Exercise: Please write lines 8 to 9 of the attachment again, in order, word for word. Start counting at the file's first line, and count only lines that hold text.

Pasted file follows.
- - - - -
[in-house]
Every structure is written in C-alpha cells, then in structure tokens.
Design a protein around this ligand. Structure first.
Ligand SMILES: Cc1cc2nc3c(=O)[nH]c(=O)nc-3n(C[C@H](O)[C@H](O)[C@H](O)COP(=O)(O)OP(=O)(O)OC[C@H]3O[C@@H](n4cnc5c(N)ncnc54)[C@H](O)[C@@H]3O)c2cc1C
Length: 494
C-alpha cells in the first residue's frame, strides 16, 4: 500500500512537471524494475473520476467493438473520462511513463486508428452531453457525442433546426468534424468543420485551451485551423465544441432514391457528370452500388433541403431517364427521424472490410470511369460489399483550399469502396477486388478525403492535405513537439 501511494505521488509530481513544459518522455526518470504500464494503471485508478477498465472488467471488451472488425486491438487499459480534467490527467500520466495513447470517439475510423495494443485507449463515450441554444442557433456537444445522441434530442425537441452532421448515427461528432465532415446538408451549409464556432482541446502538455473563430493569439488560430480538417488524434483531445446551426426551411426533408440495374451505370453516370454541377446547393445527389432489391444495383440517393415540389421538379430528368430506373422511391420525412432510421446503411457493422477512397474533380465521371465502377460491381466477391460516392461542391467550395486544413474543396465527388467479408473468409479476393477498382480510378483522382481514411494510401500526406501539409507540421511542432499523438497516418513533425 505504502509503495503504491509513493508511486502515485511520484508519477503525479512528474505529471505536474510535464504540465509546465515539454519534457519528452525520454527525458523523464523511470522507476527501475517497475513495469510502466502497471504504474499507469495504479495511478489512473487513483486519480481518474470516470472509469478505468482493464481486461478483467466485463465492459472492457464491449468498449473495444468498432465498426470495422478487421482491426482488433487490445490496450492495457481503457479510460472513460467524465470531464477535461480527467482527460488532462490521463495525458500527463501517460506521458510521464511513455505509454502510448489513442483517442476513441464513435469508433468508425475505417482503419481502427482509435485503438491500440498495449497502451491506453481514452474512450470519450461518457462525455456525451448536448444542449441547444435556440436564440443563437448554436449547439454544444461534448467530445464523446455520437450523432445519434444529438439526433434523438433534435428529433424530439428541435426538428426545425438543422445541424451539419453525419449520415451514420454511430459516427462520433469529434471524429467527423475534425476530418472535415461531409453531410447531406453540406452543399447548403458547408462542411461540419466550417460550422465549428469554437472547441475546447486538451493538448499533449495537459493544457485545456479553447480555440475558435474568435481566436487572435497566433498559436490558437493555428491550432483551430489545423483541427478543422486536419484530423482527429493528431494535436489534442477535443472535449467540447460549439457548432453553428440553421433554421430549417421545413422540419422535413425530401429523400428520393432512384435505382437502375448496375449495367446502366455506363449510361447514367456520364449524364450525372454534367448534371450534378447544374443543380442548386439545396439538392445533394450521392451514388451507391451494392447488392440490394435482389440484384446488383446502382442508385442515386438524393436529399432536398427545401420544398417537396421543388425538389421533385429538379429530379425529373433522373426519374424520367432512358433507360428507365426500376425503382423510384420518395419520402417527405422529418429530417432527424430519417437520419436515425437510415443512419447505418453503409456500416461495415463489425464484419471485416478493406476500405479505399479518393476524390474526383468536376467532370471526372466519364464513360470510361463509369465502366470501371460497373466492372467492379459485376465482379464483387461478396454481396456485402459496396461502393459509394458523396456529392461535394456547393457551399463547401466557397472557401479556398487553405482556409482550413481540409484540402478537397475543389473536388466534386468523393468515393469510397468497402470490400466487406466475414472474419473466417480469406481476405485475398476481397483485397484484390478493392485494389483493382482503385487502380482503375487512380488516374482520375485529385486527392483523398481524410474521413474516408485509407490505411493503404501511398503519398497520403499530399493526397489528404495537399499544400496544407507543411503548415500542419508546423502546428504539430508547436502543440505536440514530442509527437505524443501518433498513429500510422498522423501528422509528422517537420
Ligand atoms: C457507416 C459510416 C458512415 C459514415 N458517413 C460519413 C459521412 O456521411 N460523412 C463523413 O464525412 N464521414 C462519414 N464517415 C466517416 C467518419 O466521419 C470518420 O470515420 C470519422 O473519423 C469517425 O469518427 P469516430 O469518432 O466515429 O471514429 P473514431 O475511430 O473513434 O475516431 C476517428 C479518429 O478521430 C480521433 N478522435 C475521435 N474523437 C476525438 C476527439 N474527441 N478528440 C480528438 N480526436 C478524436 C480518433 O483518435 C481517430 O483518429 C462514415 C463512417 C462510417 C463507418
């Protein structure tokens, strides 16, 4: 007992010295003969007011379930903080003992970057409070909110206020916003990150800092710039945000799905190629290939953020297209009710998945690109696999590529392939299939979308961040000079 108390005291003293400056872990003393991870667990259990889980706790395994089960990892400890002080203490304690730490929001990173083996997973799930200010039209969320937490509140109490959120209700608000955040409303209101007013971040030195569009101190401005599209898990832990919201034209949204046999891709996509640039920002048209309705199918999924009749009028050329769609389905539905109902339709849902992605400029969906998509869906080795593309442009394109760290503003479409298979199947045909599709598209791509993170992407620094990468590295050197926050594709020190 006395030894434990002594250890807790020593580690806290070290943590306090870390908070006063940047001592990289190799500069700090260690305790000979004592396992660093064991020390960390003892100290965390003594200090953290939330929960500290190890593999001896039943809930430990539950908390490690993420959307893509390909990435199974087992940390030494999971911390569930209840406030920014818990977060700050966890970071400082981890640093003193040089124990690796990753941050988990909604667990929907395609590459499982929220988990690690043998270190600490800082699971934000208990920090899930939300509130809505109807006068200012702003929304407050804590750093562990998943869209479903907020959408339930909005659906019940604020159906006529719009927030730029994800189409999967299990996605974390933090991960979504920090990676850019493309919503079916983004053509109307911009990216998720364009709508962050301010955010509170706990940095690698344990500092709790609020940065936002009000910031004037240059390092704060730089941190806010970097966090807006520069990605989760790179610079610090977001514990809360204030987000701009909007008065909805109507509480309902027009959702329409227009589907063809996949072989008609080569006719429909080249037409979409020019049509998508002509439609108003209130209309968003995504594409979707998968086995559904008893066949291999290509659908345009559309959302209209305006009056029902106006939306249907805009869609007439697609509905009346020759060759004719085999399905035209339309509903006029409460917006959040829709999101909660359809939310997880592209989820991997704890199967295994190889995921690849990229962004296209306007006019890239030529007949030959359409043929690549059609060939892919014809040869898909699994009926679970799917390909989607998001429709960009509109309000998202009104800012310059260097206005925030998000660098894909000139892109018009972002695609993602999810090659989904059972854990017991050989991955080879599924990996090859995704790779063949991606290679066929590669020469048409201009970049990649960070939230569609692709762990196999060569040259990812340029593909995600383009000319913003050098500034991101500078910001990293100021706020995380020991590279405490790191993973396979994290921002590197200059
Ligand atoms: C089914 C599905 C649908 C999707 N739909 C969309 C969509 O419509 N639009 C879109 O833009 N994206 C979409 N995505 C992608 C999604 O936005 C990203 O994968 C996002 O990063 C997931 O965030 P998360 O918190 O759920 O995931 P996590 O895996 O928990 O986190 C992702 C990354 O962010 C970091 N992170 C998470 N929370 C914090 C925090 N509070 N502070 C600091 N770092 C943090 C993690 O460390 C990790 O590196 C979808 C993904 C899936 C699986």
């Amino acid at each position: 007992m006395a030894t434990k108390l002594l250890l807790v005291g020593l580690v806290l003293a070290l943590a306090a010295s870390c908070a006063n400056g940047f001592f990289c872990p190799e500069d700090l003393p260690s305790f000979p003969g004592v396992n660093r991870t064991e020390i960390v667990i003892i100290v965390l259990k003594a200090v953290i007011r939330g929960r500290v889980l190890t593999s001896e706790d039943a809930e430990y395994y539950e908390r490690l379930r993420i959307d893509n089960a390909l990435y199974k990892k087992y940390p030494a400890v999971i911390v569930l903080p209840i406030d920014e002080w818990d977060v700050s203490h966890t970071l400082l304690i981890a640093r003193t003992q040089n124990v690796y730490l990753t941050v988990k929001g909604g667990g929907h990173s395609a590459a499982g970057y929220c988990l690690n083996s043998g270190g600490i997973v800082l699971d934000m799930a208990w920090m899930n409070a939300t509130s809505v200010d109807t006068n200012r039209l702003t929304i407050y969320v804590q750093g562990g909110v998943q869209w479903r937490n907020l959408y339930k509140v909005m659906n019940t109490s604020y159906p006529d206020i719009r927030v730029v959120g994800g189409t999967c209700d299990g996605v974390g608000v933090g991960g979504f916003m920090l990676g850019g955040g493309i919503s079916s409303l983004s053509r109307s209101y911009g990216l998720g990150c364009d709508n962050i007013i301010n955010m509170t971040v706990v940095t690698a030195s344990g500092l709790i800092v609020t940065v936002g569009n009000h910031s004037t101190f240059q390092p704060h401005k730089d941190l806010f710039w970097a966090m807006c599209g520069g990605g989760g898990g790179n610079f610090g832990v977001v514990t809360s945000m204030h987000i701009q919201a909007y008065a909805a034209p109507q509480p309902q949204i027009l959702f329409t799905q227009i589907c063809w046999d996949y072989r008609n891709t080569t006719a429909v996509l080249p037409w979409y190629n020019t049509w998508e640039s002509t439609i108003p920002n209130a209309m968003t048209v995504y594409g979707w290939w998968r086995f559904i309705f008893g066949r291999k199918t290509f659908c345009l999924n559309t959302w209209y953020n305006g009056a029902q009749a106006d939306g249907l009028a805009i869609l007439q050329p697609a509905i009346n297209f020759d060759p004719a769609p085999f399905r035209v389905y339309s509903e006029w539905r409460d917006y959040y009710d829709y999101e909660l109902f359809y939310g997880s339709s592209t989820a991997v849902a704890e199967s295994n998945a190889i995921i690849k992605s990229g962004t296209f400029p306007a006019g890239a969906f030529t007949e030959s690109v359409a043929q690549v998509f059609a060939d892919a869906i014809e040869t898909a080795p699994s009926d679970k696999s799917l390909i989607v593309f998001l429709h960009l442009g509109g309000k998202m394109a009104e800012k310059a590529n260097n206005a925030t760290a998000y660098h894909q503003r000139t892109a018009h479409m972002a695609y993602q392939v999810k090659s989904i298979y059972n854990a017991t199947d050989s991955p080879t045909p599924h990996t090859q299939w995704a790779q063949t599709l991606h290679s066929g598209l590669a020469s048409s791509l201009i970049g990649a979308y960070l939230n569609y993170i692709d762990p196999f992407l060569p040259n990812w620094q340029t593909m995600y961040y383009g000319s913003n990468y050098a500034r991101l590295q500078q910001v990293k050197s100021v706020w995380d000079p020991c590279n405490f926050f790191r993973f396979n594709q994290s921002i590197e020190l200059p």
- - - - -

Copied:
């Protein structure tokens, strides 16, 4: 007992010295003969007011379930903080003992970057409070909110206020916003990150800092710039945000799905190629290939953020297209009710998945690109696999590529392939299939979308961040000079 108390005291003293400056872990003393991870667990259990889980706790395994089960990892400890002080203490304690730490929001990173083996997973799930200010039209969320937490509140109490959120209700608000955040409303209101007013971040030195569009101190401005599209898990832990919201034209949204046999891709996509640039920002048209309705199918999924009749009028050329769609389905539905109902339709849902992605400029969906998509869906080795593309442009394109760290503003479409298979199947045909599709598209791509993170992407620094990468590295050197926050594709020190 006395030894434990002594250890807790020593580690806290070290943590306090870390908070006063940047001592990289190799500069700090260690305790000979004592396992660093064991020390960390003892100290965390003594200090953290939330929960500290190890593999001896039943809930430990539950908390490690993420959307893509390909990435199974087992940390030494999971911390569930209840406030920014818990977060700050966890970071400082981890640093003193040089124990690796990753941050988990909604667990929907395609590459499982929220988990690690043998270190600490800082699971934000208990920090899930939300509130809505109807006068200012702003929304407050804590750093562990998943869209479903907020959408339930909005659906019940604020159906006529719009927030730029994800189409999967299990996605974390933090991960979504920090990676850019493309919503079916983004053509109307911009990216998720364009709508962050301010955010509170706990940095690698344990500092709790609020940065936002009000910031004037240059390092704060730089941190806010970097966090807006520069990605989760790179610079610090977001514990809360204030987000701009909007008065909805109507509480309902027009959702329409227009589907063809996949072989008609080569006719429909080249037409979409020019049509998508002509439609108003209130209309968003995504594409979707998968086995559904008893066949291999290509659908345009559309959302209209305006009056029902106006939306249907805009869609007439697609509905009346020759060759004719085999399905035209339309509903006029409460917006959040829709999101909660359809939310997880592209989820991997704890199967295994190889995921690849990229962004296209306007006019890239030529007949030959359409043929690549059609060939892919014809040869898909699994009926679970799917390909989607998001429709960009509109309000998202009104800012310059260097206005925030998000660098894909000139892109018009972002695609993602999810090659989904059972854990017991050989991955080879599924990996090859995704790779063949991606290679066929590669020469048409201009970049990649960070939230569609692709762990196999060569040259990812340029593909995600383009000319913003050098500034991101500078910001990293100021706020995380020991590279405490790191993973396979994290921002590197200059
Ligand atoms: C089914 C599905 C649908 C999707 N739909 C969309 C969509 O419509 N639009 C879109 O833009 N994206 C979409 N995505 C992608 C999604 O936005 C990203 O994968 C996002 O990063 C997931 O965030 P998360 O918190 O759920 O995931 P996590 O895996 O928990 O986190 C992702 C990354 O962010 C970091 N992170 C998470 N929370 C914090 C925090 N509070 N502070 C600091 N770092 C943090 C993690 O460390 C990790 O590196 C979808 C993904 C899936 C699986």